Why is TokuMX interesting? A few reasons:

  • It comes with transactions, and all that good stuff that transactions provide: a concurrent access to documents (no more global write-lock in MongoDB); crash recovery; atomicity
  • Performance in IO-bound operations
  • A good compression rate, which is a money-saver if you use SSD/Flash
  • But it is
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Announcing TokuMX v1.0: Toku+Mongo = You Can Have It All
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Tokutek is known for its full-featured fast-indexing technology. MongoDB is known for its great document-based data model and ease of use. TokuMX, version 1.0, combines the best of both worlds.

  • So what, exactly, is TokuMX? The simplest (but incomplete) answer is that TokuMX is MongoDB with all its storage code replaced by Tokutek’s Fractal Tree indexes.
  • How do Fractal Tree indexes improve MongoDB? The direct benefits include high-performance indexing, strong compression, and performance stability – in other words, the performance stays high, even when data is larger than RAM.
  • Are there any features in TokuMX that MongoDB doesn’t have? Yes. We have added support for transactions to TokuMX, so that TokuMX is ACID compliant and has MVCC. We have also added support for clustering indexes, which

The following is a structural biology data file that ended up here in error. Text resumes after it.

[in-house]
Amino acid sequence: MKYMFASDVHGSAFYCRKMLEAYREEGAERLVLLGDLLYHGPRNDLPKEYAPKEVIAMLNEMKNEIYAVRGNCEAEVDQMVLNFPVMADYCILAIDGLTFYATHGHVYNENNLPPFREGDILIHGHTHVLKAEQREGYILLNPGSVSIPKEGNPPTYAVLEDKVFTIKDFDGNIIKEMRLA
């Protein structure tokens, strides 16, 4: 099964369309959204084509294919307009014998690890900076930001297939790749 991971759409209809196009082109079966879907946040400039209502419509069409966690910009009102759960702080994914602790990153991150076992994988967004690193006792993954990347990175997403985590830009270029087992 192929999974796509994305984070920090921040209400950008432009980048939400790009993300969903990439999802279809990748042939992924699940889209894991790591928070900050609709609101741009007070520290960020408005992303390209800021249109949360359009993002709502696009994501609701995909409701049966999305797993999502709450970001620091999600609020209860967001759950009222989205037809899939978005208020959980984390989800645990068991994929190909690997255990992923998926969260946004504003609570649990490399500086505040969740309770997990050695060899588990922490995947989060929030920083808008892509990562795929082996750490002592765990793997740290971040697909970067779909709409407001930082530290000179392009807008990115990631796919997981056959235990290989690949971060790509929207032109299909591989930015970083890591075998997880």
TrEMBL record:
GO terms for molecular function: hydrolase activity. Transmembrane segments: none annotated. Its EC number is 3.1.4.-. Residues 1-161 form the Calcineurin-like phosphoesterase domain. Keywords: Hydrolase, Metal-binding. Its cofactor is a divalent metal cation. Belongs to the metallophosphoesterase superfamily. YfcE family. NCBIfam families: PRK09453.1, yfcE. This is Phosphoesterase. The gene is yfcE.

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iiBench Benchmark: TokuMX vs. MongoDB
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Tokutek created the iiBench benchmark back in 2008. The point of the benchmark is to measure the performance of indexed insertions over time. It uses an extremely simple schema, one table with a sequential insertion pattern for the primary key along with three integer fields storing random values. The table maintains 3 secondary indexes, each including several of the random integer fields. The iiBench application itself is currently maintained on Launchpad.

B-tree implementations generally require maintenance operations to update leaf nodes (an insertion is one such operation). When the entire B-tree index does not fit in RAM an IO is required, and performance drops dramatically. Fractal Tree

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TokuMX: Fractal Trees with MongoDB
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Over several blog posts, Tim has presented performance results on large data sets of TokuMX, our MongoDB product with fractal tree indexes integrated, side by side with MongoDB. Results look good. We’ve shown improved throughput numbers on a sysbench benchmark, faster load times, and high compression.

So what is TokuMX, and how does it achieve this performance?

TokuMX has replaced ALL of the storage code in MongoDB with fractal trees. Every collection, every secondary index, every metadata collection is stored with fractal trees, the same technology that implements the TokuDB storage engine for MySQL. That is, all data is stored and managed with our transactional, ACID and MVCC-compliant, write-optimized storage library.

TokuMX achieves

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10 Newer Entries Showing entries 31 to 38